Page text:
On 16 May 2012 the Senior Costs Judge gave judgment in a defamation case that has important implications for the future management of costs in defamation cases – and, quite possibly, costs budgeting schemes generally: Sylvia Henry v News Group Newspapers ( EWHC 90218 (Costs)).
It is an unfortunate feature of defamation proceedings that more time may be spent arguing about legal costs than about the merits of the case. The costs of litigating are indeed frequently greater – far greater – than the damages the claimant gets to compensate him for the libel.
Defamation proceedings were therefore a natural choice for a costs management pilot scheme. That scheme is set out in Practice Direction 51D of the CPR.
One of the first cases to which the scheme applied was a case brought by the former Haringey social worker Sylvia Henry. Ms Henry had been briefly involved in the notorious case of Baby P. She had also been involved in the earlier, equally notorious case of Victoria Climbié. The Sun newspaper had published a large number of articles about Ms Henry, which prompted a libel action against it by Ms Henry which was settled shortly before trial by the payment of damages and a statement in open court which vindicated Ms Henry of the allegations against her.
As part of the settlement NGN, the publisher of the Sun, agreed to pay Ms Henry’s costs, such costs to be assessed on the standard basis if not agreed.
Pursuant to the costs management pilot scheme, the parties had at an earlier stage of the proceedings prepared budgets of their estimated costs to the end of trial. The budgets, which were approved by the court at a costs management hearing, were very close to one another: £539,847 for the claimant and £531,746 for the defendant. (The claimant was on a CFA which provided for a success fee, but the success fee and her ATE premiums were of course not included in the budget figure, which was for base costs only.)
When the claimant served her bill of costs following the settlement, it turned out that the budget had been significantly exceeded. Most of the excess related to two items – witness statements and disclosure – and it is those two items that became the focus of the dispute before the costs judge.
In respect of witness statements the claimant had exceeded her budget by a factor of 18, and in respect of disclosure by a factor of eight. The total overspend was no less than £292,710 – and don’t forget, that figure does not include the success fees claimed by the claimant’s solicitors and counsel.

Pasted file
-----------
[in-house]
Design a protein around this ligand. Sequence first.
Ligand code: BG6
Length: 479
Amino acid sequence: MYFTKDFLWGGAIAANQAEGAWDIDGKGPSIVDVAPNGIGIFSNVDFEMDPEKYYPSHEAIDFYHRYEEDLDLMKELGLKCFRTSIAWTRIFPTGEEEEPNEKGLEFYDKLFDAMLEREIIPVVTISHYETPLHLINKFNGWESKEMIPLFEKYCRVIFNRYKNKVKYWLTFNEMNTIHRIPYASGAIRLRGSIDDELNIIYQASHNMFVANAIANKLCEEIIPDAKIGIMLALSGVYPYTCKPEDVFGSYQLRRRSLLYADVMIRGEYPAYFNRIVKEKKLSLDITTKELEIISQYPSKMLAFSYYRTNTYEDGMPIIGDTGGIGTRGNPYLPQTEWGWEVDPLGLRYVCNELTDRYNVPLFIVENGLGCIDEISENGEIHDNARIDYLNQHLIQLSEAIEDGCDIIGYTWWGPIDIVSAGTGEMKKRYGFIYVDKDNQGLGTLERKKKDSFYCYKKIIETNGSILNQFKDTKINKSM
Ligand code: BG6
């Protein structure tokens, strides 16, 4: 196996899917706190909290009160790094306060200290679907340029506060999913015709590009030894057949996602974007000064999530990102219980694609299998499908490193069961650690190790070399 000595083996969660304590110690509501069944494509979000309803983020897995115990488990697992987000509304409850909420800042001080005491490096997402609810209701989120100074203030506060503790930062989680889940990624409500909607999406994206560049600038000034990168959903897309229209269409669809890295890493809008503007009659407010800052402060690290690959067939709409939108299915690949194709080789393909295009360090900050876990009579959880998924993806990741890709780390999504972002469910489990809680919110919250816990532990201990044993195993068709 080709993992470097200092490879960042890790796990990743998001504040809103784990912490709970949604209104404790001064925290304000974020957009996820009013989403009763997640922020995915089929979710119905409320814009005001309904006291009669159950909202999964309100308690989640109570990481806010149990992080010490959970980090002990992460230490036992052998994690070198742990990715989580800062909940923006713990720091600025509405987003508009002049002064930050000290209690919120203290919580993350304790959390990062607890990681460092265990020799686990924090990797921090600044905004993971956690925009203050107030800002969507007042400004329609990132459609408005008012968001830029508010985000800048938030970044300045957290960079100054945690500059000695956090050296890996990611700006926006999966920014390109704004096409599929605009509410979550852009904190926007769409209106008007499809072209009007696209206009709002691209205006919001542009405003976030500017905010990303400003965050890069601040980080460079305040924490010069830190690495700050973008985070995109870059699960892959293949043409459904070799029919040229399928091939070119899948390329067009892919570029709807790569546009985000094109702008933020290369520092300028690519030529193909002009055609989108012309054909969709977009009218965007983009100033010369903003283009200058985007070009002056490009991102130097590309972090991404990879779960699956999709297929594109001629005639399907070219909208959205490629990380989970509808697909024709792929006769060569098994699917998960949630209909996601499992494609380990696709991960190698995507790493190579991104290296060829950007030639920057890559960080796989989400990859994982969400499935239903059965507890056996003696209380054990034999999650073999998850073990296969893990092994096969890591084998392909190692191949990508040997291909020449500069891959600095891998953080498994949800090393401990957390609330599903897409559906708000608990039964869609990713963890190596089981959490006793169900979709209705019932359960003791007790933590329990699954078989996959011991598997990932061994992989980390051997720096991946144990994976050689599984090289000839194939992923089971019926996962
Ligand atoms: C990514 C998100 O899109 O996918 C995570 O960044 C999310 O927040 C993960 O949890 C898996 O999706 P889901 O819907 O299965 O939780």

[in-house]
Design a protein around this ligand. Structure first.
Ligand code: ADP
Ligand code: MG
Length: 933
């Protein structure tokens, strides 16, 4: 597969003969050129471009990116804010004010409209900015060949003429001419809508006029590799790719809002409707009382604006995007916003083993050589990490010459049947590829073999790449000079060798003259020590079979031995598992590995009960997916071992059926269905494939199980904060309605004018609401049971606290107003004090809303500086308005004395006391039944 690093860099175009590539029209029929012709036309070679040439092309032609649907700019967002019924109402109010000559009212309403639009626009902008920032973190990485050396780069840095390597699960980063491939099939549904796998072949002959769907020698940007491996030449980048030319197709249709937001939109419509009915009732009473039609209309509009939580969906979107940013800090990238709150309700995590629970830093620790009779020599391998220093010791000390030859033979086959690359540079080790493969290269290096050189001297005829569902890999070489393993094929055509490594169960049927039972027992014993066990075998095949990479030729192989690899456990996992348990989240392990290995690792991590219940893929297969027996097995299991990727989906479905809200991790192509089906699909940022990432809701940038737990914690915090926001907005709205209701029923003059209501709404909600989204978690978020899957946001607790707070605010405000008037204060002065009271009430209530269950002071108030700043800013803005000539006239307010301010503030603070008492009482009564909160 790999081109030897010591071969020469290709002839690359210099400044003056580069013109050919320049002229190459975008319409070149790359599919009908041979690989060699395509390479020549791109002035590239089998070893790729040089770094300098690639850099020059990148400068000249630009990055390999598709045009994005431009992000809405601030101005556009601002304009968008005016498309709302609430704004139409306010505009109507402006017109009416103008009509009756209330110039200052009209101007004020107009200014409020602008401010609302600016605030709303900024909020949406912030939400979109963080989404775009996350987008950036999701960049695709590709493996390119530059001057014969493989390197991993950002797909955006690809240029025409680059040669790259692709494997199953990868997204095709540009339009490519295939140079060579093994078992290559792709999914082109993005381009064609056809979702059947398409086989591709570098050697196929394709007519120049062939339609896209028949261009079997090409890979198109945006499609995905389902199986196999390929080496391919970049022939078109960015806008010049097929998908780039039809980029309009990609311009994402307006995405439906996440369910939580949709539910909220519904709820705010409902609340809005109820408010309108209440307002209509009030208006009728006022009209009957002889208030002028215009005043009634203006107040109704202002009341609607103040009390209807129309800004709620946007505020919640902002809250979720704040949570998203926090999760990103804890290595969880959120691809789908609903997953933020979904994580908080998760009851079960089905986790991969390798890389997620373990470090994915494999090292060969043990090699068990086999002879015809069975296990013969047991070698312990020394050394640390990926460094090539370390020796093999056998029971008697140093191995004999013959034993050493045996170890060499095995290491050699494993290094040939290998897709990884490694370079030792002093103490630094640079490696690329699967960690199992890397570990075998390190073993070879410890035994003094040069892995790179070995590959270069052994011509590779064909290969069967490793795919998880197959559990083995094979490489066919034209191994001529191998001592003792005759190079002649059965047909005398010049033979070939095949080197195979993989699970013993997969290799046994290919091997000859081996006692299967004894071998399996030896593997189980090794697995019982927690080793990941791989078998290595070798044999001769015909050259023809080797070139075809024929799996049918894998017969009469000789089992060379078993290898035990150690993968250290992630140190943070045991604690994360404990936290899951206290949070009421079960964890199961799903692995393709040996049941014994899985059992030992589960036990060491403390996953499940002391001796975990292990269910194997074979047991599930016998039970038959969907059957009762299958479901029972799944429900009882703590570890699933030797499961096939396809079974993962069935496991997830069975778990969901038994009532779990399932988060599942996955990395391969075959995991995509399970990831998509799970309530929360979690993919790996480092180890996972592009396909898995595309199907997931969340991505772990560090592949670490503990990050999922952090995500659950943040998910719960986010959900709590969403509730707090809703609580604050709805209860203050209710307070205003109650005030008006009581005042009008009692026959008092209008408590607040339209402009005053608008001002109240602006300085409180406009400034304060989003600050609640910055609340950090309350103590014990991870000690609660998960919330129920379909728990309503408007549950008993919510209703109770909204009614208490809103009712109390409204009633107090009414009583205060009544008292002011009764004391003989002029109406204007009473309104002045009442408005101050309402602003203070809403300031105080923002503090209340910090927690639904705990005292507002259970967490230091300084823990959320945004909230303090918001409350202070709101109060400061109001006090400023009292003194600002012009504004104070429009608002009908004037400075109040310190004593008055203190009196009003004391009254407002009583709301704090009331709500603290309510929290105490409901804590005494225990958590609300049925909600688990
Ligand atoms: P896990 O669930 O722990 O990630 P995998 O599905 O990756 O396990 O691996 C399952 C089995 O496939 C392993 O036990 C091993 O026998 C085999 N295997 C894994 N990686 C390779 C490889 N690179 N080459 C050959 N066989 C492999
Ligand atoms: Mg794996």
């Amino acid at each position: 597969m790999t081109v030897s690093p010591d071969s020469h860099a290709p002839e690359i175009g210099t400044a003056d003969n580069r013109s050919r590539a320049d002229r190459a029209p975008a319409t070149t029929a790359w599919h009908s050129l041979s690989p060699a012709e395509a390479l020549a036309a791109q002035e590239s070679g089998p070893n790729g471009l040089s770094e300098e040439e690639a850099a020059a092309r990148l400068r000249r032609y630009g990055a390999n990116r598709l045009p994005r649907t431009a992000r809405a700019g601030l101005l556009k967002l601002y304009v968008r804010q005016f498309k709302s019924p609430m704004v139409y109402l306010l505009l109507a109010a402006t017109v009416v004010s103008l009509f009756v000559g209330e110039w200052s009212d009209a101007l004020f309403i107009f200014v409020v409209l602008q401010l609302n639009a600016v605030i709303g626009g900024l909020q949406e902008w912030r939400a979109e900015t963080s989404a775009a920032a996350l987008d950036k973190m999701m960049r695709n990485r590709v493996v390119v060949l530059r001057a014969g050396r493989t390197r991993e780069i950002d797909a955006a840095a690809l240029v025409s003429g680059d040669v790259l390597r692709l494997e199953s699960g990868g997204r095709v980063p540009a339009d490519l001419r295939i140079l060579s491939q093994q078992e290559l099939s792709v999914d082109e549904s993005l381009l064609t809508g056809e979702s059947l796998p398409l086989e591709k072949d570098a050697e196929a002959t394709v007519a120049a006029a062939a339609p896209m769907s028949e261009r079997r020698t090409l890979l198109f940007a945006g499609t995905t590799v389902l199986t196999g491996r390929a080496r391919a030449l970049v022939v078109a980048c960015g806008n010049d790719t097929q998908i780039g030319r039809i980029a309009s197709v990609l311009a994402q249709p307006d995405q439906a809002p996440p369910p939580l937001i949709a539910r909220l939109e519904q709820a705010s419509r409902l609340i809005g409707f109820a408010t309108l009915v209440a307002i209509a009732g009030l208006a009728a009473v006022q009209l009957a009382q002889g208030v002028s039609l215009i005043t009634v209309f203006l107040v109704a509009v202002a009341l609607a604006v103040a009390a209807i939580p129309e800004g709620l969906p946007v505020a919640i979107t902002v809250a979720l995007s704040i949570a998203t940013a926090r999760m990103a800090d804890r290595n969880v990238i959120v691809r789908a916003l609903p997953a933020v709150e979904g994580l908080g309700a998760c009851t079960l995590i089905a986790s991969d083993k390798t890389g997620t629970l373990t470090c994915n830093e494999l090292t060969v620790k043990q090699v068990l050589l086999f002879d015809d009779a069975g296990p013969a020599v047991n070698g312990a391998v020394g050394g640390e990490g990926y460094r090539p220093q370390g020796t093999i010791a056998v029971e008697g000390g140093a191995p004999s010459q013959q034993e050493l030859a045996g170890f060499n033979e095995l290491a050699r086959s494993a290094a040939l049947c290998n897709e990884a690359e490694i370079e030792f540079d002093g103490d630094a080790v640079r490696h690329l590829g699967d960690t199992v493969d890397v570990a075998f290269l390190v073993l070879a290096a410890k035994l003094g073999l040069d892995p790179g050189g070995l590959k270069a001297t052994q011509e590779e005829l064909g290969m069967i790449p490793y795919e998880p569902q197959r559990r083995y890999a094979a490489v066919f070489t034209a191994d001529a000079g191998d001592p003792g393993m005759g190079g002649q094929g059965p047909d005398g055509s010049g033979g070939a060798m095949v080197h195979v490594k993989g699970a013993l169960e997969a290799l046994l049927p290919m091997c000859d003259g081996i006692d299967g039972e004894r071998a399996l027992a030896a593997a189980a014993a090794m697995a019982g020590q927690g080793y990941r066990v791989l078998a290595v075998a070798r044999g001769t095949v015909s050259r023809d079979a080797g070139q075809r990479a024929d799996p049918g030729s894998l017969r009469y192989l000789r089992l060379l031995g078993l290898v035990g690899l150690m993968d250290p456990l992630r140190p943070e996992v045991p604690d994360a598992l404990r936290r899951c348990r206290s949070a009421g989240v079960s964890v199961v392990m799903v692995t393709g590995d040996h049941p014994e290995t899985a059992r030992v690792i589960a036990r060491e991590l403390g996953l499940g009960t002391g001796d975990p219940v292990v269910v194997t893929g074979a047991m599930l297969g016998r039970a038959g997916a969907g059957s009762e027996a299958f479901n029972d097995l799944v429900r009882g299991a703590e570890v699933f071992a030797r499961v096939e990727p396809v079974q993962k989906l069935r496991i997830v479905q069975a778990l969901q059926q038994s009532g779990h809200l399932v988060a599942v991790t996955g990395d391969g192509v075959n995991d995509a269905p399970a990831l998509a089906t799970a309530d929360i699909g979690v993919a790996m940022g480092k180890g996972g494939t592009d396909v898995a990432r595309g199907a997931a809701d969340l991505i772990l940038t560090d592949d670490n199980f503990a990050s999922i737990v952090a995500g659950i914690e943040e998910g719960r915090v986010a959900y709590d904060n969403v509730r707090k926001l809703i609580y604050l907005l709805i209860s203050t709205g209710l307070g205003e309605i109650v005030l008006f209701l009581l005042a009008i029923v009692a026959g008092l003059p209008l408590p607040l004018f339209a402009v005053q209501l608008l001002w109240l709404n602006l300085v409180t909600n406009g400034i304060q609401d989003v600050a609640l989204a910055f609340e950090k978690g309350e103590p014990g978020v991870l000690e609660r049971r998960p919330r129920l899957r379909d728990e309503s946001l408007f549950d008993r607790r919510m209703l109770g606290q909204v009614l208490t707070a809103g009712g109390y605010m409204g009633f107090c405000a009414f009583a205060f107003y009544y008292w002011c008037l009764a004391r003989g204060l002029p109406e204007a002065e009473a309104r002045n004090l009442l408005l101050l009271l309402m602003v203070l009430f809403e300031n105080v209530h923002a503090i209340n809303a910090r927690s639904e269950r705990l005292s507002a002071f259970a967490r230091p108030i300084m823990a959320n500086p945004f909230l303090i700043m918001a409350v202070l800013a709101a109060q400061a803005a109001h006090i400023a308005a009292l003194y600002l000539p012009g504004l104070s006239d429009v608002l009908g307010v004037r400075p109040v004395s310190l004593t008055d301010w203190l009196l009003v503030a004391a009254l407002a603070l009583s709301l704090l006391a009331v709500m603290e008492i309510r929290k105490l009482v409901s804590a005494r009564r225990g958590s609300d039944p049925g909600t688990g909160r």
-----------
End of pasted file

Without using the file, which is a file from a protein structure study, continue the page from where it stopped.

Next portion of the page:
The issue before the Senior Costs Judge was whether the sums by which the budget had been exceeded were in principle recoverable by the claimant (if recoverable in principle, they would of course still be subject to the detailed assessment process). That issue depended on an interpretation of 51D.
Under PD51D the court, when assessing costs on a standard basis, “will not depart from [the] approved budget unless satisfied that there is good reason to do so”. Was there a good reason for the court to depart from the costs budget in this case?
Senior Costs Judge Hurst decided there was not. He was satisfied that the claimant’s lawyers had had to do work not contemplated when the original budget was prepared and if the bill were to be subject to detailed assessment, the claimant “would be able to argue very strongly that that the costs incurred were both reasonable and proportionate”. However, he found against the claimant because she had failed to comply with the costs management scheme, which required her to keep the defendant notified of the fact that her costs were going over budget. He correctly noted that the terms of the costs management scheme are in mandatory terms: parties must update their budgets and must liaise monthly to check that the budget is not being or is likely to be exceeded:
“I am forced to the conclusion that if one party is unaware that the other party’s budget has been significantly exceeded, they are no longer on an equal footing, and the purpose of the cost management scheme is lost”.
Because this was the first case under the defamation costs management scheme, and also because of the significant sums at stake, Senior Costs Judge Hurst has given the claimant permission to appeal. The claimant’s solicitors have said the decision will be appealed and it is possible that the case will be fast-tracked to the Court of Appeal.
In the meantime, the lesson is clear enough: parties need to engage with the costs budgeting scheme. It will not do to come along later, once significant costs have been incurred, and argue that costs in excess of the budget should be allowed because the demands of the case justified an overrun. The whole point of the scheme is to ensure that each party knows what the other party’s costs are as the case is progressing and that purpose will be undermined if parties keep that information to themselves.
The Henry case has implications for civil proceedings other than defamation. Lord Justice Jackson’s civil costs reforms envisage costs management schemes for all kinds of civil litigation as early as next year.
Keith Mathieson is a partner of RPC and is acting for NGN in the costs proceedings in the Henry case.